Freeman Keller

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The high relief is contributing to the problem, though may not be the cause of it. There was a recent thread where FreemanKeller posted a good illustration of why adding relief to a setup will increase buzzing.

To diagnose what's going on, get the neck as straight as you can, then set the action at 4-5/64" If it's still buzzing with light playing, you have high frets somewhere that need to be taken care of.

It's not uncommon for new necks to need a level & crown. (Warmoth doesn't do it.) It's less common--but not unheard of--for new necks to have frets that weren't seated properly.

Shimming the neck doesn't fix fret buzzing. If it seems like it did, it's a red herring and something else changed to fix the buzz.


Thanks Koko, here is that illustration

Neckprofile.JPG


It is very simplistic but shows what happens with many guitars. String tension pulls in relief from the nut to the neck heel, at which point the neck can't flex any more. Depending on how the neck is built one of several things can happen at the body joint, the plane of the neck can continue with apparent relief, it can hump up (ski jump) or drop off. The more relief you have the worse it can be - its always an issue with acoustic and some set neck guitars.

I'm not going to go thru the whole discussion, its been done a dozen times. My personal targets for setups is (1) perfect frets and geometruy, (2) as low a relief as I can get away with, typically 0.005 or so, (3) low action at the 12th fret (I measure it there because its half way to the bridge and the math is easy) of somewhere around 0.060 on the high E and 0.090 on the low. (4)I like first fret action between 0.015 and 0.020. These numbers change with the guitar and player, but they are good buzz free starting points.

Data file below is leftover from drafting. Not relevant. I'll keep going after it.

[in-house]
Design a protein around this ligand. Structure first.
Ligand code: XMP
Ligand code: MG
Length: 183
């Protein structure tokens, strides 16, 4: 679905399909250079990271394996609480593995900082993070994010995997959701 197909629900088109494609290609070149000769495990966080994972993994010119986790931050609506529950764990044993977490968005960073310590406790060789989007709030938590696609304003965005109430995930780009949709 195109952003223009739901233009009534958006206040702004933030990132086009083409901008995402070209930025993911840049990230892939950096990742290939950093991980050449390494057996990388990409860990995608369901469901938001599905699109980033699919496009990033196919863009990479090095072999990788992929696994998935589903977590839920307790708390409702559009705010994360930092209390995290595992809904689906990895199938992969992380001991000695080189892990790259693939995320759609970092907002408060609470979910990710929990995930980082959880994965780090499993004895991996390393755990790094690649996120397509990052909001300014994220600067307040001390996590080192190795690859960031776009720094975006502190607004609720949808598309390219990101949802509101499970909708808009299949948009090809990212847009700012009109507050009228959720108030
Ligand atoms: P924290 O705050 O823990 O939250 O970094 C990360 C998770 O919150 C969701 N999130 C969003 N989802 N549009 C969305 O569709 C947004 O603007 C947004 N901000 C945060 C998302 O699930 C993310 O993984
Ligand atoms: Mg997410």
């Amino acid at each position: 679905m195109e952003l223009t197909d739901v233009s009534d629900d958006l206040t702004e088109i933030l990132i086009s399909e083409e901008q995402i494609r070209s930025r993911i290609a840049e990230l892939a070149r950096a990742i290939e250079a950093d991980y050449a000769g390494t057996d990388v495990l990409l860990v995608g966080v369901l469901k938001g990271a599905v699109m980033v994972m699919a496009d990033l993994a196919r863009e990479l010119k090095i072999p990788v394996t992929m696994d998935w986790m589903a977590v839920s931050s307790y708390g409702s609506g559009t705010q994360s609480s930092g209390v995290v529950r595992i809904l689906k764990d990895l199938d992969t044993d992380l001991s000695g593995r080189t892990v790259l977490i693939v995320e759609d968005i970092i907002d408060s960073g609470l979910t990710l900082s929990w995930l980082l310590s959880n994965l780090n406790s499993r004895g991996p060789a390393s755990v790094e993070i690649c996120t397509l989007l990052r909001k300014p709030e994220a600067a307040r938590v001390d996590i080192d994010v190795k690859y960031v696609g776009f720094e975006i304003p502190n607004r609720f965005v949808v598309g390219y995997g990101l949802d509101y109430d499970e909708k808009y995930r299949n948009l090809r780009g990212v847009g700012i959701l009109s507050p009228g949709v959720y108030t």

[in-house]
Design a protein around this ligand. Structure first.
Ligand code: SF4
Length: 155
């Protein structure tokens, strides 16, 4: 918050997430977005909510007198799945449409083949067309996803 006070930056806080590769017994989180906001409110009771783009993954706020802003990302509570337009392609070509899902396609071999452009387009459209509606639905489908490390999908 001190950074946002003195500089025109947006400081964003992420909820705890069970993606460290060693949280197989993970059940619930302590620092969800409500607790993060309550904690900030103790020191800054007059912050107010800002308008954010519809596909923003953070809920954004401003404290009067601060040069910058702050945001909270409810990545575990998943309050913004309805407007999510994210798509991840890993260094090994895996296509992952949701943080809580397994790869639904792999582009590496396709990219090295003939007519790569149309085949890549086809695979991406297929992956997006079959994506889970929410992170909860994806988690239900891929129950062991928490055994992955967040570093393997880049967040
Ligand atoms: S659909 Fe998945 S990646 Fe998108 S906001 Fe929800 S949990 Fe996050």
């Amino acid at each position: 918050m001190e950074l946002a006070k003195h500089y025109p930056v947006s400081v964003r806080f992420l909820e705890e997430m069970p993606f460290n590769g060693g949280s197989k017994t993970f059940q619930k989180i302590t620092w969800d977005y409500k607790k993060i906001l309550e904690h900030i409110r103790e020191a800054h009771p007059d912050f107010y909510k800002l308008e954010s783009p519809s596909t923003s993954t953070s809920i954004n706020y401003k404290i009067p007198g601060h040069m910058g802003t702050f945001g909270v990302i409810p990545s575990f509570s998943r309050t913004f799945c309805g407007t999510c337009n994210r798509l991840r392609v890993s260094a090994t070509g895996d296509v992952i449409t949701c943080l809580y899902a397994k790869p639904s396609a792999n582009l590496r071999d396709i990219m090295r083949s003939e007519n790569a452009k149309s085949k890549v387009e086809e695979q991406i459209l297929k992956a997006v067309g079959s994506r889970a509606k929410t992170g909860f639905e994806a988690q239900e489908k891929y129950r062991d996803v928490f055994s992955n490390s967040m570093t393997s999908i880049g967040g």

I someone is interested in how I go thru a step by step analysis of any guitar (before I do any work on it) and then how I go about doing a setup you can look at this


If you like that little thread it has been turned into a document that is easy to use in your shop and my little spreadsheet is also available, PM me an e-mail addy and I'll send it.
 
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telemnemonics

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Fretted at what fret?
You say the low E buzzes when fretted; where though, everywhere?
Too much relief adds buzz on upper frets but not on the first few frets.
Adding relief is not moving toward a solution BTW.
 

KokoTele

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I'm going to hold my tongue here, but I did feel like this was amateur hour. Surprising because the guy has been a reputable tech in the area for a couple decades and two of my musician friends independently and enthusiastically recommended him to me for this project.

Every pro has a bad day/week/year/whatever sometimes. The good ones will back up their work and make it right. Give him a call and see what he says. If you go see him or someone else, bring the guitar that plays right.

I just recently worked on a guitar that had some fret buzzing issues that I thought I'd straightened out, but I missed that a couple of frets were coming unseated. I had to go back and redo my work after repairing that issue. (Fortunately, the customer hadn't picked it up yet.)